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In his book, Tumanov assures that the KGB allowed him to reveal military secrets known from the service in order to gain the confidence of the Americans. Having passed numerous interrogations and polygraph tests, already in 1966 the 22-year-old fugitive sailor became an intern at Radio Liberty. There he quickly made a career, becoming first the head of the news department, and then - the senior editor of the Russian service of the radio station. During one of his business trips to London, he met the program assistant of the Russian Air Force Service Etoy Katz, who later changed her name to Svetlana. Ete-Svetlana was only 18 years old when she married a handsome editor from Munich. The girl learned about her husband's double life only a few weeks after moving to Germany.

Svetlana with the daughters of two famous heads of the foreign department (INO) Naum Eitingon and Alexander Feklisov - Muza Malinovskaya and Natalia Asatur-Feklisova. Photo courtesy of Svetlana Tumanova

Escape from the Union

The most tragic thing about this story was that Eta came from a dissident Jewish family with roots in Latvia since the 18th century, and was sincerely opposed to Soviet rule. Her parents, who survived the occupation of Latvia in 1939, never resigned themselves to the country's entry into the Soviet Union.

«The parents were in a group of Jewish activists, where my father taught Hebrew. He spent 8 years in the camps. In a sense, this broke him: when he returned, he no longer tried to actively fight the regime. Mom, to the last, lived with the thought of escape", - Svetlana recalls.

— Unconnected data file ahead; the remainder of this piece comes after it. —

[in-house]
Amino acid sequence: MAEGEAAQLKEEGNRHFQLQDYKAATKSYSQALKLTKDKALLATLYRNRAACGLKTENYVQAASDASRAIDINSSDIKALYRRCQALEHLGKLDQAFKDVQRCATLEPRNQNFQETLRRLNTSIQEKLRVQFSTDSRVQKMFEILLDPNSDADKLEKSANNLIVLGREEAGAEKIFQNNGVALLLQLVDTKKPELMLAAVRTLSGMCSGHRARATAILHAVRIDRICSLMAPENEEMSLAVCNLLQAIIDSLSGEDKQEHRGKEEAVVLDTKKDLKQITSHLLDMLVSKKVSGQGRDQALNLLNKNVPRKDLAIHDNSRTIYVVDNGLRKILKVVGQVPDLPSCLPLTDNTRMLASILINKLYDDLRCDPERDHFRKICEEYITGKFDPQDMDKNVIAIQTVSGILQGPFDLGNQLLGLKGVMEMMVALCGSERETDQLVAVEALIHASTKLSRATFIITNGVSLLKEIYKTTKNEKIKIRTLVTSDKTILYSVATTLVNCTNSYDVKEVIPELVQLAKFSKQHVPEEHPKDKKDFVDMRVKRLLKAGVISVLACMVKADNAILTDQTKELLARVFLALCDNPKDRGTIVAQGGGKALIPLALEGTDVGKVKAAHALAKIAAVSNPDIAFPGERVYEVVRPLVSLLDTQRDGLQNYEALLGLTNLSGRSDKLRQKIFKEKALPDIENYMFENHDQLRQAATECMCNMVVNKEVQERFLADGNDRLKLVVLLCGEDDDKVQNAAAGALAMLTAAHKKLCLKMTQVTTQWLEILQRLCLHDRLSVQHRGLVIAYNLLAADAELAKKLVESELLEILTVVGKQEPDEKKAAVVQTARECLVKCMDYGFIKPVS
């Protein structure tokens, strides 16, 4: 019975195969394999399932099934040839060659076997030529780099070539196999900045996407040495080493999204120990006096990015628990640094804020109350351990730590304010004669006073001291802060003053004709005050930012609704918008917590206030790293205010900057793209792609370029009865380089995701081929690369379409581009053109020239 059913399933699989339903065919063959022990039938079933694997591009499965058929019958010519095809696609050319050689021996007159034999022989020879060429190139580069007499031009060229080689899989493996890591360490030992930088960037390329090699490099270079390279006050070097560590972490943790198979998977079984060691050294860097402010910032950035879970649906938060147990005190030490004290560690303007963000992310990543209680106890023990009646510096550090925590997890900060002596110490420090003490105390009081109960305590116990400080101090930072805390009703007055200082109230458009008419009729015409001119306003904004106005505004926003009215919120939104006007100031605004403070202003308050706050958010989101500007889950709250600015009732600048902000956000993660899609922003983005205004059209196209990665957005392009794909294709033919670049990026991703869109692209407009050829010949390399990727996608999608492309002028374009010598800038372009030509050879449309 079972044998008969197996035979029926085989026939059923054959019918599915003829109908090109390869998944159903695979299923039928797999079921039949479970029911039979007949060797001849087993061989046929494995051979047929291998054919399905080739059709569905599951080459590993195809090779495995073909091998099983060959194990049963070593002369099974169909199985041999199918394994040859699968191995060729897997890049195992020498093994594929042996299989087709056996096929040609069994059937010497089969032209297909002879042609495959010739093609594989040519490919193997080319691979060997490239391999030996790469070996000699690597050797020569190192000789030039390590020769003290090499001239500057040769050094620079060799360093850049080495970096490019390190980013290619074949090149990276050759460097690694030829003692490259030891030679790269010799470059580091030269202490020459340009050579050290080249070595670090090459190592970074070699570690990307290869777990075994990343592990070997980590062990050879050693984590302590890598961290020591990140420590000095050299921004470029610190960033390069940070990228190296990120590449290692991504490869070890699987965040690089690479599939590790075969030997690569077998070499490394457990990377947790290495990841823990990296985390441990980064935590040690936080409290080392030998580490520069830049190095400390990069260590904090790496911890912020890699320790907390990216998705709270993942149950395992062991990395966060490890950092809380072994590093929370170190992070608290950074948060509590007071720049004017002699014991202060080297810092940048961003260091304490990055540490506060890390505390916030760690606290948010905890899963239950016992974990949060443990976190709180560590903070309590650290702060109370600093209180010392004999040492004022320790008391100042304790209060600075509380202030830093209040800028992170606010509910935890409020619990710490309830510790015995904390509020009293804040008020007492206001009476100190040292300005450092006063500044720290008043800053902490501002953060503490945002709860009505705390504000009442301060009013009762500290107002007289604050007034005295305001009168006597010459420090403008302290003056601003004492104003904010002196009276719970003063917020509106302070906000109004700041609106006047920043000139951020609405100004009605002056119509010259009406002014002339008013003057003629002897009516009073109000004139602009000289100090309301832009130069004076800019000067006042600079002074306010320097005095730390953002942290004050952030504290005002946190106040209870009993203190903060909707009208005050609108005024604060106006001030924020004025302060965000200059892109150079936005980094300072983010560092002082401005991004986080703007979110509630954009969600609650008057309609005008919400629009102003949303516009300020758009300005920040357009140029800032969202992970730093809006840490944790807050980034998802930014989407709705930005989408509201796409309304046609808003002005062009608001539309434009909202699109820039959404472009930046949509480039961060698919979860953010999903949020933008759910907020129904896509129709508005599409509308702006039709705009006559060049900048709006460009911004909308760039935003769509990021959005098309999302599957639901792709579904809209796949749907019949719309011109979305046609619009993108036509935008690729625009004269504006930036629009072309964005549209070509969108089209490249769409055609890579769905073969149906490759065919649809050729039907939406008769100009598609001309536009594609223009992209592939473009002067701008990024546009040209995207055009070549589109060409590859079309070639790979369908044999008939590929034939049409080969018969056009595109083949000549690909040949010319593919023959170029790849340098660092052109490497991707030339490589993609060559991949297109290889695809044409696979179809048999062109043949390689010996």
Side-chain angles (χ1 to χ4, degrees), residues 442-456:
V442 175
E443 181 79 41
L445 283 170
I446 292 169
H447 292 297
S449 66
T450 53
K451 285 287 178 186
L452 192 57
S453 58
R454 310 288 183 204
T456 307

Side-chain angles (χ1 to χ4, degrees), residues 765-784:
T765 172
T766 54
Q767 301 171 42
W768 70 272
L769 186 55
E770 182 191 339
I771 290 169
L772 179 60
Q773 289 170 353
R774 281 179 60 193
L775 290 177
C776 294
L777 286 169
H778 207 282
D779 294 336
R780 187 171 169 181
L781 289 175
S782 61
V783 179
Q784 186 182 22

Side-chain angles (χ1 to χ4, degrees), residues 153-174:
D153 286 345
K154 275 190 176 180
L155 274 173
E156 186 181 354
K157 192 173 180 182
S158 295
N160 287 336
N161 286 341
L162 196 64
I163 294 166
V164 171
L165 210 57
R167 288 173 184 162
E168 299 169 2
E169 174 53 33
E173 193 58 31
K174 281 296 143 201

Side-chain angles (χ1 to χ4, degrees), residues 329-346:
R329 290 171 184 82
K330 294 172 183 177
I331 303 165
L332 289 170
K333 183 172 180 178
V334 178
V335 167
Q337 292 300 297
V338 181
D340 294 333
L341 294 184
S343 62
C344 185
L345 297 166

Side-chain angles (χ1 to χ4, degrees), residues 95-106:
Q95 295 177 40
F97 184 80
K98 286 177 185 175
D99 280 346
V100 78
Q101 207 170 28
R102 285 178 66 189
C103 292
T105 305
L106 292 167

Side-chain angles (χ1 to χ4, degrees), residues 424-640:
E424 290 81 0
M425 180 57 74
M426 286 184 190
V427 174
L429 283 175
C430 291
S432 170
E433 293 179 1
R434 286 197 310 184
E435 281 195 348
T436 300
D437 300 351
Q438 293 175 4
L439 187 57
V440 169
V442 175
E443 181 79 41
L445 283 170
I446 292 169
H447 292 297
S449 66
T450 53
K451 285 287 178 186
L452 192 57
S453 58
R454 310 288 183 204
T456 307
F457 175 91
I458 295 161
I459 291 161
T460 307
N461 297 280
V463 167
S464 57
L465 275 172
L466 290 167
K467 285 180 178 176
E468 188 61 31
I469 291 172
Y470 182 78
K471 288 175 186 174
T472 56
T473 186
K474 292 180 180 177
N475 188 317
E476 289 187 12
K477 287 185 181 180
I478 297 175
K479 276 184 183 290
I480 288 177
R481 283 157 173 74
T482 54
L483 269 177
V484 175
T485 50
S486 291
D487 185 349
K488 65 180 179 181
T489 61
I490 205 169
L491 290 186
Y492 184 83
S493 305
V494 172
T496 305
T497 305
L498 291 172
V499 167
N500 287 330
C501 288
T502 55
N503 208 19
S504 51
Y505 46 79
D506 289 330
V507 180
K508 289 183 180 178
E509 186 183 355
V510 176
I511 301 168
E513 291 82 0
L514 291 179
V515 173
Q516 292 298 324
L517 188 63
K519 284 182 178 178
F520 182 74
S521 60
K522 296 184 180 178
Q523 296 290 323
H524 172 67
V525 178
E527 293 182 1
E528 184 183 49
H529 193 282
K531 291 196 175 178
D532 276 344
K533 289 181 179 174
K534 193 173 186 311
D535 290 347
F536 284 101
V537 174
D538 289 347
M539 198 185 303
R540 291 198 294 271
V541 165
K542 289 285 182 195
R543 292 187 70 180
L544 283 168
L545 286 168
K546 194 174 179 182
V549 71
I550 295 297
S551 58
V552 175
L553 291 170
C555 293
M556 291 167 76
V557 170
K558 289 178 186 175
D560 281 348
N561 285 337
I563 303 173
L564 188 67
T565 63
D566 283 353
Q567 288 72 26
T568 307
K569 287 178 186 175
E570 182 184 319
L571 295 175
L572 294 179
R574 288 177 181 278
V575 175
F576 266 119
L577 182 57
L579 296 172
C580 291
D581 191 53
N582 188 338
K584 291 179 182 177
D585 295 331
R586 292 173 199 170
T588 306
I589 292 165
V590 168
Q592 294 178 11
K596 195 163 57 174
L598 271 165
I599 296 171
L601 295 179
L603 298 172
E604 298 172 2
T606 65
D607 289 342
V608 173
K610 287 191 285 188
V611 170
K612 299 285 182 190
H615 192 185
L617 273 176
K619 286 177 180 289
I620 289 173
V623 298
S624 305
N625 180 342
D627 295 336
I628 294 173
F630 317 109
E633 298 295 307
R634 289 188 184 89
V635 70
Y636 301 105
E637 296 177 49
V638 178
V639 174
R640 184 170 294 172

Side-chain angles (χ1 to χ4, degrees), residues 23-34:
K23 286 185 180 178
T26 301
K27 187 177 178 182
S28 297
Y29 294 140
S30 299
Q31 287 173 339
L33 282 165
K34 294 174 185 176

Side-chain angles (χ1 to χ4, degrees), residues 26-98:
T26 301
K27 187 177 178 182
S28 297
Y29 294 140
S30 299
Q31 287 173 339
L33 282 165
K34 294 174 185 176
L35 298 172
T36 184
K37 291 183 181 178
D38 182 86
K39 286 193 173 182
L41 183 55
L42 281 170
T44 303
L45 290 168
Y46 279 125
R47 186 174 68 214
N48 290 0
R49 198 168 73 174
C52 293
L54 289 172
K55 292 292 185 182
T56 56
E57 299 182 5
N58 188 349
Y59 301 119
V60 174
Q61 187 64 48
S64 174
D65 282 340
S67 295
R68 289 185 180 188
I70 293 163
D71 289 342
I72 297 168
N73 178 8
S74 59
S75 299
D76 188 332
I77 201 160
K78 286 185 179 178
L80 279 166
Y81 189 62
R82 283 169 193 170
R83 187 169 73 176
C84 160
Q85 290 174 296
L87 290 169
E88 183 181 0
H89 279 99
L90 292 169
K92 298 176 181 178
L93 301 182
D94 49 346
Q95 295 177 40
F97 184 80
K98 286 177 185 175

It was almost impossible to leave the Soviet Union at that time, and Eta's mother found the only solution - she sent her daughter to the figure skating section, and in parallel - to the only English special school in Riga. The idea was simple: sooner or later the girl had to get into international competitions and, according to her mother's plan, stay abroad - given that Sveta's uncle lived in London. True, the plan was never implemented, since in 1971 the first streams of "Jewish" emigration appeared, and the family left abroad quite legally. Svetlana at that time was only 12 years old.

«The irony of fate: much later I learned that the KGB had been looking closely at the students of the Riga special school since childhood. It would seem that, having left the country, I should have avoided the risk of recruitment, but in the end I still could not escape this fate.", - says Svetlana.